Keanan Gleason
April 10, 2017

In contrast to the previous, light-hearted post about food, I will discuss a more contentious subject in this post: U.S. national politics and what it is like to live abroad in our current political climate.  As this is a subject about which I constantly think every day, I have more to say than could fill this blog post.  Thus, I will concentrate on the two largest revelations I’ve uncovered this semester as well as their consequences.

Before I arrived in France, I was quite eager to get out of the U.S.  Having participated in the non-consensual repeated gut-punch that was the Presidential election, I was feeling more than a little jaded and dejected about our political system.  In fact, I had developed a healthy distain for America overall and believed my semester abroad would confirm my growing notion that life as an expat might just be the life I wanted to pursue.  If it isn’t clear by now, I am a Democrat.  I grew up surrounded mostly by liberals in a blue state.  I attend a college that is crunchier than a Nature Valley Bar and that also instills upon its students the importance of being critical.  So in December 2016, I found myself turning away from what I perceived was the inevitably doomed U.S. and towards the seemingly welcoming and laid-back Socialist country of France. 

There exists a plethora of reasons why my views on America did a 180 not long into the semester – many of which I likely have yet to realize or comprehend.  The most apparent was adapting to a new cultural and society.  To be fair, France is not all that different from the U.S. in many respects (my friend Patrick once said France is like America with a different director).  Consequently, I didn’t find myself feeling “homesick” – I had already spent two and a half years a thousand miles away from my hometown – as I did feeling oddly nostalgic about my life back in the states.  Since arriving, random chilhood memories have been popping into my mind increasingly often.  Because I am content with my life here in Nantes, contemplating these memories doesn’t make me yearn to leave France so much as it has made me develop a profound appreciation of the U.S.  Studying abroad has given me a chance to step back and admire how much America actually has to offer.  I won’t pretend like it doesn’t have many, many problems or that it’s objectively better than life in France, but it’s the life I am accustomed to and I quickly realized that it would be immensely difficult on many levels to give it up.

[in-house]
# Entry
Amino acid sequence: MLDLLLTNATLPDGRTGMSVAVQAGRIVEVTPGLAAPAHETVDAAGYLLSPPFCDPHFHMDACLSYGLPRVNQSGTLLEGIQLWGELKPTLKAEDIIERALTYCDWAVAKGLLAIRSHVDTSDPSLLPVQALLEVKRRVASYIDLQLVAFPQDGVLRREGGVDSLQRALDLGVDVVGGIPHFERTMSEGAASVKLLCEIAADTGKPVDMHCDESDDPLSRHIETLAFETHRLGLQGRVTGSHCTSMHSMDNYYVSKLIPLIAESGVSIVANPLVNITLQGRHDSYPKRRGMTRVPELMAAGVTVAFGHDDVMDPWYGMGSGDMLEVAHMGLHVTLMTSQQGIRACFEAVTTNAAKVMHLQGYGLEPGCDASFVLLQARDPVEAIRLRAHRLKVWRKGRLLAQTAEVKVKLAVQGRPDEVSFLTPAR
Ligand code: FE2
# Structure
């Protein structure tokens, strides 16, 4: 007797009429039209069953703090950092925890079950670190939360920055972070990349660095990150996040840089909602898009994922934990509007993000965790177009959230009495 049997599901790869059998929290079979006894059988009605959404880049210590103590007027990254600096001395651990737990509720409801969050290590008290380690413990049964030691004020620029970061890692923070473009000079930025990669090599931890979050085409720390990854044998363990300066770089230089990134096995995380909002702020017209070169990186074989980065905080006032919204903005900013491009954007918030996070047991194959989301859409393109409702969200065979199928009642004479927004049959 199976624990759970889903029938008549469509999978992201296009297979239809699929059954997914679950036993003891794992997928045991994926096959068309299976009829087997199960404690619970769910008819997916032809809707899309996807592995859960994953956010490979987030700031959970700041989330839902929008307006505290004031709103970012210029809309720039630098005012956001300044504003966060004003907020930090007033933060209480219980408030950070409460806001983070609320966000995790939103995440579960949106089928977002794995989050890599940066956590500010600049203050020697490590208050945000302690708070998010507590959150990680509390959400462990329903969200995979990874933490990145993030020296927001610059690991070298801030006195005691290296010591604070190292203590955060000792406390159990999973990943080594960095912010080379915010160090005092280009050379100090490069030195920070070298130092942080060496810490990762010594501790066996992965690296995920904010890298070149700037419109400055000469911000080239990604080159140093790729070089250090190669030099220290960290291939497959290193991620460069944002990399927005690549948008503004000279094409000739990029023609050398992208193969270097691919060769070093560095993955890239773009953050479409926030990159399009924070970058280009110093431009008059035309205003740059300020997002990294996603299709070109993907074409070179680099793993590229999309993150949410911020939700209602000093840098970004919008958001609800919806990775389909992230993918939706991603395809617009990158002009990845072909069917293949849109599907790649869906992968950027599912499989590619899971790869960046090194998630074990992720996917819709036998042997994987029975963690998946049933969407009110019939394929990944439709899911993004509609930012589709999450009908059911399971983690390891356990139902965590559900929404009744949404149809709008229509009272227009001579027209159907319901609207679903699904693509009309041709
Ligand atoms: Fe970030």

With the arrival of our new president, however, life in America as I have known it is in danger of changing for the worst.  To be abroad while the Trump administration slowly dismantles the legacy of that of Obama’s is isolating and frustrating.  Shortly after Trump’s inauguration, I started to feel like I had walked out on my country right when it needed me.  I wrote my Senator expressing my concerns, but there was little else I felt like I could do to uphold the American values that I had always cherished.  Furthermore, when I am the only American in the room and am asked questions about Trump, it can be difficult to explain the situation to someone who likely has never visited the U.S.  I tell them that yes, Trump is crazy and is making me scared for the future of the world, but between the language and cultural barriers it can be hard to adequately explain to them why I am nonetheless looking forward to going back home.  The point I put the most emphasis on when discussing Trump in French is that there are more Americans who do not support Trump than those who do.  This fact helps break down the notion, which a decent amount of French people have, that most if not all citizens back in the states are on board with what Trump is doing.

            Instead of letting my concerns remain an internal stew, I decided to act upon them.  Feeling like it was about time I start giving back to the country in which all the nostalgic memories that keep popping into my head were created, I decided to work for an AmeriCorps program this summer.  As the program is a conservation organization in Maine, it has little to do with politics.  Nonetheless, however, I expect the work to be satisfying as I will be helping to provide access to one of the most stunning nature settings in the entire country. 

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Keanan Gleason

<p>Bonjour! My name is Keanan Gleason, I am from Albuquerque, New Mexico, but currently live in Iowa where I am a third year student at Grinnell College. I am double-majoring in Economics and French, and this spring I will be studying abroad in Nantes, France! I hope to get to know my temporary home by going on lots of runs, eating at various restaurants, and exploring with friends.</p>

2017 Spring
Home University:
Grinnell College
French Language
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